Swami and Friends
Author: R.K. Narayan
Publisher: Hamish Hamilton Limited
Publishing Date: 1935
The first book of R.K. Narayan’s famous trilogy, ‘Swami and Friends’ happens to be Narayan’s first published book as well. It was published in 1935 with a lot of motivation and help from Graham Greene, a famous novelist. The setting is of British India, in a fictional town named Malgudi. Swami is a ten-year old boy who studies at a mission school. He lives with his parents, younger brother and grandmother. He has a set of friends in two schools that he gets removed from. Events lead Swami to leave his house and go on a run. He is drawn heavily towards the unrest that is prevalent everywhere in India, but he fails to understand the cause. What happens with Swami? Will he be able to get back home safely? To know the answer, read this book. Narayan successfully creates a child’s perspective about the adult world. What problems do kids face? What do they think of the world they live in? Swami and Friends is a true portrayal of complexities faced by Indian middle class. It is a funny and interesting tale of Swami and his adventures. Other characters are Swami’s friends, his family and people from his town and people he meets while on these adventures.
The character of ‘Swami’ has the ability to hook the readers to the story. He is used to a simple life, and just when he had it under control, new things start to happen for him. The book begins with a lecture of a teacher at Albert Mission School speaking about the greatness of Jesus and questioning the leelas of lord Krishna.
It takes place in British-colonial India in the year 1930. The story begins by introducing Swaminathan and his friends Somu, Sankar, Mani, and Pea. Swami talks about how different all of his friends are from one another and how their differences actually make their friendships stronger. Soon, however, a new boy arrives, named Rajam who Swami and Mani absolutely hate. It isn’t until the three boys confront each other that they realize they have a lot in common, and become fast friends.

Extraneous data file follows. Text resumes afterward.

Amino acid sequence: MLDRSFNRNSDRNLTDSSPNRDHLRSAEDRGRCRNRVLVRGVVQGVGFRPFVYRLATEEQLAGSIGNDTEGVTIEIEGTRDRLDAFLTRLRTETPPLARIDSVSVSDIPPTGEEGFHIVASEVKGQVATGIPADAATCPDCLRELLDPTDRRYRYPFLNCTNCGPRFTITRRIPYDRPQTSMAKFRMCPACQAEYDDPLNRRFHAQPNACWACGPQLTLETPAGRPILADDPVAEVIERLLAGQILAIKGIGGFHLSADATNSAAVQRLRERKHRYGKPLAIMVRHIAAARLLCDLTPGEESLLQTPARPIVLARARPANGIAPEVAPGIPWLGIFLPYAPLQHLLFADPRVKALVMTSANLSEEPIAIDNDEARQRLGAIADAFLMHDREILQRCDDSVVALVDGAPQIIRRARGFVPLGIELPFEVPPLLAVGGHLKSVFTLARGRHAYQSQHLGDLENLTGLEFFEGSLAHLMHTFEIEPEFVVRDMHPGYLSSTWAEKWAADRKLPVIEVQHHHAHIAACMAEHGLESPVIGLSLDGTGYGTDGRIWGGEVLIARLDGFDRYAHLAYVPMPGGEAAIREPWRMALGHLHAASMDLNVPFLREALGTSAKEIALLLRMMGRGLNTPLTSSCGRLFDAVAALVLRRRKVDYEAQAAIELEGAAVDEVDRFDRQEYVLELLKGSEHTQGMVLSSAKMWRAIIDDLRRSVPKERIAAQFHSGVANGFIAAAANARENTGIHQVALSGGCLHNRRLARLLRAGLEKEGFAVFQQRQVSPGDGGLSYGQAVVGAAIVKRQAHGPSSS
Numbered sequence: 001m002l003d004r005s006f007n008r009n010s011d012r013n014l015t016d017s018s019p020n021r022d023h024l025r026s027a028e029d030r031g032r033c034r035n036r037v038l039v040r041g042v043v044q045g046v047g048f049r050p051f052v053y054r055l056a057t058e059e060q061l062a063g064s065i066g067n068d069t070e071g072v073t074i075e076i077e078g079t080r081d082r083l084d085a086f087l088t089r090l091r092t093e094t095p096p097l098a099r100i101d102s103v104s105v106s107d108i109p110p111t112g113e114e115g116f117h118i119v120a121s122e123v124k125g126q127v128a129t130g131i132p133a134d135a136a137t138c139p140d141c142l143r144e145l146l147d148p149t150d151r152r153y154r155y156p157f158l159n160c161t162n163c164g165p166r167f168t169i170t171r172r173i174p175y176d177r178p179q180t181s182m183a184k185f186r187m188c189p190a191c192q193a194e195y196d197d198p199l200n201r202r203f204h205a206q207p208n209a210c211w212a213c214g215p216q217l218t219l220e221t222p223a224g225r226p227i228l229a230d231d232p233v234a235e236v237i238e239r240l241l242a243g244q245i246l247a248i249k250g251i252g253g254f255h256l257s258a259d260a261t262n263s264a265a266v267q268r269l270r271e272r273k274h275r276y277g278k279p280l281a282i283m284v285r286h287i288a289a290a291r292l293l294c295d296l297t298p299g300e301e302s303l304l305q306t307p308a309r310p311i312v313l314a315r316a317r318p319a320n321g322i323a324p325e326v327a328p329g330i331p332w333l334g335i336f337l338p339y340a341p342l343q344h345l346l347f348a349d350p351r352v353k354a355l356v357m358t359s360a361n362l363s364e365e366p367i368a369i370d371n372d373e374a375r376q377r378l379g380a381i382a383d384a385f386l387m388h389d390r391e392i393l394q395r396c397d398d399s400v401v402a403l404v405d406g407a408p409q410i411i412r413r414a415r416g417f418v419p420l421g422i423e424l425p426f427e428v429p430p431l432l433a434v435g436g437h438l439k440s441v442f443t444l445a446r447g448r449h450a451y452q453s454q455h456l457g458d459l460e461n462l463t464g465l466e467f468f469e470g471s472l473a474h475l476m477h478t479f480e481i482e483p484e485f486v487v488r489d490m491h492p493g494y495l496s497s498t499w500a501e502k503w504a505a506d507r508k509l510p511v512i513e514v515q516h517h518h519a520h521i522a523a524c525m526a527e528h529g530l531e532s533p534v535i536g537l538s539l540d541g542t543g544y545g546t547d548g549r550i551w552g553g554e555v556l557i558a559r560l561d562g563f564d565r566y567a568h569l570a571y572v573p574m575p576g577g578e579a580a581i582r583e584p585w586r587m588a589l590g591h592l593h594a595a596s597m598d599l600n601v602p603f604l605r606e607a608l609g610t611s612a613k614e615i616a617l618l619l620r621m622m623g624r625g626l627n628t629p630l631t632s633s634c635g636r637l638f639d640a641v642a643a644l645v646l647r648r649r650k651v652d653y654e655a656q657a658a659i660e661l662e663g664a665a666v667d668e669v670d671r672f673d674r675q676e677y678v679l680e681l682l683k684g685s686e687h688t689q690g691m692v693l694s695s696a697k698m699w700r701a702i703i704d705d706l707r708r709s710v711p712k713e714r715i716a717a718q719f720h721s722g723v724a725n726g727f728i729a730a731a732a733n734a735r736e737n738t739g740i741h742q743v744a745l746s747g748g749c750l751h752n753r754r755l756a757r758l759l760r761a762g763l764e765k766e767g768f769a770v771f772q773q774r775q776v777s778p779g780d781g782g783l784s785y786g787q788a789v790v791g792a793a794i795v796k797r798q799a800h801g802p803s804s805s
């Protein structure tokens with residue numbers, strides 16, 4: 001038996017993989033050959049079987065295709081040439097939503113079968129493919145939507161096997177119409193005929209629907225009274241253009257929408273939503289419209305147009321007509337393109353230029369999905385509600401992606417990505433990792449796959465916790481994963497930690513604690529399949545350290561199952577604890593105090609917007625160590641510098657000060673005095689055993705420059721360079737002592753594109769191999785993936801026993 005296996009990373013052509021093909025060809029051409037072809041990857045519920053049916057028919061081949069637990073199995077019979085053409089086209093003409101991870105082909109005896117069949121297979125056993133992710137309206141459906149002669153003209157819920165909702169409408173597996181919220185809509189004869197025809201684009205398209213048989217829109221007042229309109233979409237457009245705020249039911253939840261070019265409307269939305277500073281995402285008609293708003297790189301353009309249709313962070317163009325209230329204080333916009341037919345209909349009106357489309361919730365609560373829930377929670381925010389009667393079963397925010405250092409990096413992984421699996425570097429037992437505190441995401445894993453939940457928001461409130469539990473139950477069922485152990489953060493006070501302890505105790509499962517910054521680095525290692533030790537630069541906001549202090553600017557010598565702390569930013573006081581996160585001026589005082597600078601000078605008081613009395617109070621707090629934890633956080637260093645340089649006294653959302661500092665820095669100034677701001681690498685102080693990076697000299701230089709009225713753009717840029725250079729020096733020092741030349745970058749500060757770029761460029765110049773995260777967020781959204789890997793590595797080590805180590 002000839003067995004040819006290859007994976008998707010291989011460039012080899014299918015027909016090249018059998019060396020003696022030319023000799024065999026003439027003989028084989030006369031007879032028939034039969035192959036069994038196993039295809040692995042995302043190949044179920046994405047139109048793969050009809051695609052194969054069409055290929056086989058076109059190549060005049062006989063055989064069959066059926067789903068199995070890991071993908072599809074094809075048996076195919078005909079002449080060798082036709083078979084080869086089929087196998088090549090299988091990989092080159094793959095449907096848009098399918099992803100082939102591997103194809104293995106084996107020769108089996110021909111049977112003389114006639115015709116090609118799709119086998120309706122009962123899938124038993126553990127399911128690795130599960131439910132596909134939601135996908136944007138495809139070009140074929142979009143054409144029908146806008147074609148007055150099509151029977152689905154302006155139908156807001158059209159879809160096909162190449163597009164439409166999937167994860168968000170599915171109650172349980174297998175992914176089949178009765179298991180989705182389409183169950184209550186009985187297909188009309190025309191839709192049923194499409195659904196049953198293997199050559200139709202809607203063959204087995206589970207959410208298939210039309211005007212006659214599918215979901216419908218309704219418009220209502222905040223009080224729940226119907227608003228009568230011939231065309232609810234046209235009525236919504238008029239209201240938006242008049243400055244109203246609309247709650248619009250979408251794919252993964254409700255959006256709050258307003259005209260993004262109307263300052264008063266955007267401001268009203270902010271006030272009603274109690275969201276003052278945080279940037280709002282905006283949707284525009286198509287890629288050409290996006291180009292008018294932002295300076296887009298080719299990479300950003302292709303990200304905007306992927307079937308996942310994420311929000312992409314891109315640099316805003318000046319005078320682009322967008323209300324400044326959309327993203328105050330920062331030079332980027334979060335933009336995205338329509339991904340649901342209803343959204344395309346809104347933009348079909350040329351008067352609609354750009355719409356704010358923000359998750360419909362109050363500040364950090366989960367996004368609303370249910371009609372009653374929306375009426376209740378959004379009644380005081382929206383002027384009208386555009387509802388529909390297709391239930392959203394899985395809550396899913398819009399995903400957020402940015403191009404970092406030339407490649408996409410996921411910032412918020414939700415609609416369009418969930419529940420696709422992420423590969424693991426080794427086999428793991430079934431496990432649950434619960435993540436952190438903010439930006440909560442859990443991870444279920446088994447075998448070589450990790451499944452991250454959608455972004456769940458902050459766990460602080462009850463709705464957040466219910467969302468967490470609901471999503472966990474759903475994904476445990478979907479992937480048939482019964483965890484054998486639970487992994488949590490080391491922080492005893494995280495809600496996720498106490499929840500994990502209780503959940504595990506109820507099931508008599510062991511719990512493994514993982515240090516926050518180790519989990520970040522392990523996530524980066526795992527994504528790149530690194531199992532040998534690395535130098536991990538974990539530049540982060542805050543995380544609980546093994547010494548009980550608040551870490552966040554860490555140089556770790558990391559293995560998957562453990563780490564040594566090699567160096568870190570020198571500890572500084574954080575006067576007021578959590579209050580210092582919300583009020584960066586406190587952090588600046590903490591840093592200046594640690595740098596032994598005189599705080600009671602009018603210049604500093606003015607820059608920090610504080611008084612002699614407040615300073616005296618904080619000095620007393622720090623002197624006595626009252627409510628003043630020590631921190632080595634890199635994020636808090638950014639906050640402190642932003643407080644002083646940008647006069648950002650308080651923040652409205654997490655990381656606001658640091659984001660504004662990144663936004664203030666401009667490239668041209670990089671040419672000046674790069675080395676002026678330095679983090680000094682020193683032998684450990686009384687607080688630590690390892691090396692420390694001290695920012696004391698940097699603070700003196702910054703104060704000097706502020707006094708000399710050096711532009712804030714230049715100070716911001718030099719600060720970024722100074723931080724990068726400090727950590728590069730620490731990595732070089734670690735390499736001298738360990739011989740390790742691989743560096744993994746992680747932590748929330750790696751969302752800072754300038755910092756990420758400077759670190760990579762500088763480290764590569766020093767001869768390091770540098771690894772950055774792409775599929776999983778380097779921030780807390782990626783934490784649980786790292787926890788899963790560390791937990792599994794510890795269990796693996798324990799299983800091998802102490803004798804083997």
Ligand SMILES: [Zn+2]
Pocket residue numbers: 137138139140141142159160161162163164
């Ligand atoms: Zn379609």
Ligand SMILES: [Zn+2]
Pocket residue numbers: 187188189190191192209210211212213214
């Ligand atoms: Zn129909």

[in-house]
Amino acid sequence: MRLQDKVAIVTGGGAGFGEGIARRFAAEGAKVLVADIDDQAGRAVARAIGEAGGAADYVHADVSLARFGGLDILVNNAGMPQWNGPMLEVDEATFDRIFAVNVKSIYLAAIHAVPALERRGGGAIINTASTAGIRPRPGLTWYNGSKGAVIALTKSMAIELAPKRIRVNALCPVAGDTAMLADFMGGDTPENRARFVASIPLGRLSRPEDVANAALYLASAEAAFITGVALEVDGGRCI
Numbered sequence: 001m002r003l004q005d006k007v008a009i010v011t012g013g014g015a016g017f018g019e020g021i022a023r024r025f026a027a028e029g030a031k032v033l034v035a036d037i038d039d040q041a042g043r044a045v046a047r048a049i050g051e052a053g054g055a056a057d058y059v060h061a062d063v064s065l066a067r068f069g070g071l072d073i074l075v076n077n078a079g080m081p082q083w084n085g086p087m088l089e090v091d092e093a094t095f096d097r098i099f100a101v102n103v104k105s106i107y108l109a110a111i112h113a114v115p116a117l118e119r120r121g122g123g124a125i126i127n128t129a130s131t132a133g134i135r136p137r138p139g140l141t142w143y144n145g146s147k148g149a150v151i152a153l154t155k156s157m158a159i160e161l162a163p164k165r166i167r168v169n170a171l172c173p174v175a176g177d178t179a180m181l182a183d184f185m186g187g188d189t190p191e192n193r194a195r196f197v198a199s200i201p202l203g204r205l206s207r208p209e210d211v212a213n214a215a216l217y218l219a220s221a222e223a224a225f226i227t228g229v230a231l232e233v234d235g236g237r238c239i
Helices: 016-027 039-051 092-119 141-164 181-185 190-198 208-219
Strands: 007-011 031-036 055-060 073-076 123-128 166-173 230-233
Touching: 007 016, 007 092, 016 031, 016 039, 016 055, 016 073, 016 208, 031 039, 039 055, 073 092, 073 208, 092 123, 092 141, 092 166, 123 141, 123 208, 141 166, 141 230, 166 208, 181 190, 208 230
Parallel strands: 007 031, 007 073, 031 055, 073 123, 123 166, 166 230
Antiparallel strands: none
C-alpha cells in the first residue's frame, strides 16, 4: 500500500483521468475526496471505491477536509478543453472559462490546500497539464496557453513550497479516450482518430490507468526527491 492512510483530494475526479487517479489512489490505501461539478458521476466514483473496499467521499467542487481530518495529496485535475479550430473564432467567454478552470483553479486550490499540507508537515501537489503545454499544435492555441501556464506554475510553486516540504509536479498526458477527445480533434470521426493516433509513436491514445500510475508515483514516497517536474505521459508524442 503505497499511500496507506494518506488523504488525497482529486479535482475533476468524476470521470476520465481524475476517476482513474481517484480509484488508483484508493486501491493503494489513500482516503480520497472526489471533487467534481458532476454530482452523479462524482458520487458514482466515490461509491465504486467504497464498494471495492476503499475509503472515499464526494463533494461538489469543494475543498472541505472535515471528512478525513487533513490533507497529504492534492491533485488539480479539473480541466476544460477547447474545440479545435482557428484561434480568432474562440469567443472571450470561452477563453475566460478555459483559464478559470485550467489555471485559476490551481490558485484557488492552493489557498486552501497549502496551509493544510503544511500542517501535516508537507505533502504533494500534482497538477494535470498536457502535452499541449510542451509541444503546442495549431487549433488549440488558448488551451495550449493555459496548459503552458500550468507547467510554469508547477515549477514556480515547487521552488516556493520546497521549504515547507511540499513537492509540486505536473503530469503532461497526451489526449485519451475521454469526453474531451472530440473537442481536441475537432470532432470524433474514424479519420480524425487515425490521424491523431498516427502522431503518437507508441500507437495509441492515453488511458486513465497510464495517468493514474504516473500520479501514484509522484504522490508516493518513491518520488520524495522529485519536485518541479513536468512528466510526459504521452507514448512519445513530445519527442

So, even if the plot nothing extraordinary, it still displays the simple joys of life, the real complications and troubles in life.
If not anything, the book provides us with that nostalgic feeling of childhood innocence which is revisited as one browses through pages after pages, an incident after incident and a chapter after chapter.
Amit Roy couldn’t be any accurate when he expressed: "The novels of R.K. Narayan are the best I have read in any language for a long time. . . . His work gives the conviction that it is possible to capture in English, a language not born of India, the distinctive characteristics of Indian family life."
Swami and Friends was adapted by actor-director Shankar Nag into the television drama series ‘Malgudi Days’ in 1986.
On November 5, 2019, the BBC News listed Swami and Friends on its list of the 100 most influential novels.
About the Author:
R. K. Narayan was born in Madras, South India, and educated there and at Maharaja’s College in Mysore. His first novel Swami and Friends (1935) and its successor The Bachelor of Arts (1937) are both set in the enchanting fictional territory of Malgudi. Other ‘Malgudi’ novels are The Dark Room (1938), The English Teacher (1945), Mr. Sampath (1949), The Financial Expert (1952), The Man Eater of Malgudi (1961), The Vendor of Sweets (1967), The Painter of Signs (1977), A Tiger for Malgudi (1983), and Talkative Man (1986). His novel The Guide (1958) won him the National Prize of the Indian Literary Academy, his country’s highest literary honour. He was awarded in 1980 the A.C. Benson Medal by the Royal Society of Literature and in 1981 he was made an Honorary Member of the American Academy and Institute of Arts and Letters. As well as five collections of short stories, A Horse and Two Goats, An Astrologer’s Day and Other Stories, Lawley Road, Under the Banyan Tree and Malgudi Days, he has published a travel book, The Emerald Route, three collections of essays, A Writer’s Nightmare, Next Sunday and Reluctant Guru, three books on the Indian epics, and a volume of memoirs, My Days.